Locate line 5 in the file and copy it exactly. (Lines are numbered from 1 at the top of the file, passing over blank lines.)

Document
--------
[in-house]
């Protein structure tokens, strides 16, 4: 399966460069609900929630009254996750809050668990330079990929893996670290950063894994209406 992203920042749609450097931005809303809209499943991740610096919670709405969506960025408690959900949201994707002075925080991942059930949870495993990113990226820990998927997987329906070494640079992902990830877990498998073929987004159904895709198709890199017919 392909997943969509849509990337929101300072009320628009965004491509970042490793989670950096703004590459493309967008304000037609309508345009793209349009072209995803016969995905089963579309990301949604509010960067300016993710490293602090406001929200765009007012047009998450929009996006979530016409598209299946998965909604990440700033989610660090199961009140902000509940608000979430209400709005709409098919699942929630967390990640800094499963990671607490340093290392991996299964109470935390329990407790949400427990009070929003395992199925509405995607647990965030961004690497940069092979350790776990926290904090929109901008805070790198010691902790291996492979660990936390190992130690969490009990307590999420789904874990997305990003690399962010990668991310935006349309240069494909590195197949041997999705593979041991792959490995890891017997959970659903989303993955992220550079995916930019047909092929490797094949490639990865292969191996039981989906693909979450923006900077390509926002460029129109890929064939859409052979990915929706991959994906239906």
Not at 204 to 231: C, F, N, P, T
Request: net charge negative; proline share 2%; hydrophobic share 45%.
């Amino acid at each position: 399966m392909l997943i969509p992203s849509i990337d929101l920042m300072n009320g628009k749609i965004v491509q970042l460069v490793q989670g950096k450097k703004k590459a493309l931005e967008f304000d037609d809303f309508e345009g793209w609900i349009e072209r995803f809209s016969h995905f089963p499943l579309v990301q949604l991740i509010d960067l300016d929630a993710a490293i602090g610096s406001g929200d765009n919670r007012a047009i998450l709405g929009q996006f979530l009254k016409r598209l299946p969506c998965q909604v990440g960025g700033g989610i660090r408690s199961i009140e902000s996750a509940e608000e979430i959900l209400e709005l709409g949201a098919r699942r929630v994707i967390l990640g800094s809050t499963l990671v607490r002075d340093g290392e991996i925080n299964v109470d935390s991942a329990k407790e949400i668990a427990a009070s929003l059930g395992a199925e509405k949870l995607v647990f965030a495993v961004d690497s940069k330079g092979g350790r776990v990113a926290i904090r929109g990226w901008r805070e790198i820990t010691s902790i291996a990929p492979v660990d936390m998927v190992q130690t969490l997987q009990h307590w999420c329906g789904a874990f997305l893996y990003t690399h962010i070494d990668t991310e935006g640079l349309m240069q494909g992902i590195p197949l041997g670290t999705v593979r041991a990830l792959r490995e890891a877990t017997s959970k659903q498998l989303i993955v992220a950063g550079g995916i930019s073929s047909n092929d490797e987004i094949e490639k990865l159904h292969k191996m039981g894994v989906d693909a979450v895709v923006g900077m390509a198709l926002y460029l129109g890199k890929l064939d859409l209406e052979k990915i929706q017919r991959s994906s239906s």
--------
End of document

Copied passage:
């Amino acid at each position: 399966m392909l997943i969509p992203s849509i990337d929101l920042m300072n009320g628009k749609i965004v491509q970042l460069v490793q989670g950096k450097k703004k590459a493309l931005e967008f304000d037609d809303f309508e345009g793209w609900i349009e072209r995803f809209s016969h995905f089963p499943l579309v990301q949604l991740i509010d960067l300016d929630a993710a490293i602090g610096s406001g929200d765009n919670r007012a047009i998450l709405g929009q996006f979530l009254k016409r598209l299946p969506c998965q909604v990440g960025g700033g989610i660090r408690s199961i009140e902000s996750a509940e608000e979430i959900l209400e709005l709409g949201a098919r699942r929630v994707i967390l990640g800094s809050t499963l990671v607490r002075d340093g290392e991996i925080n299964v109470d935390s991942a329990k407790e949400i668990a427990a009070s929003l059930g395992a199925e509405k949870l995607v647990f965030a495993v961004d690497s940069k330079g092979g350790r776990v990113a926290i904090r929109g990226w901008r805070e790198i820990t010691s902790i291996a990929p492979v660990d936390m998927v190992q130690t969490l997987q009990h307590w999420c329906g789904a874990f997305l893996y990003t690399h962010i070494d990668t991310e935006g640079l349309m240069q494909g992902i590195p197949l041997g670290t999705v593979r041991a990830l792959r490995e890891a877990t017997s959970k659903q498998l989303i993955v992220a950063g550079g995916i930019s073929s047909n092929d490797e987004i094949e490639k990865l159904h292969k191996m039981g894994v989906d693909a979450v895709v923006g900077m390509a198709l926002y460029l129109g890199k890929l064939d859409l209406e052979k990915i929706q017919r991959s994906s239906s």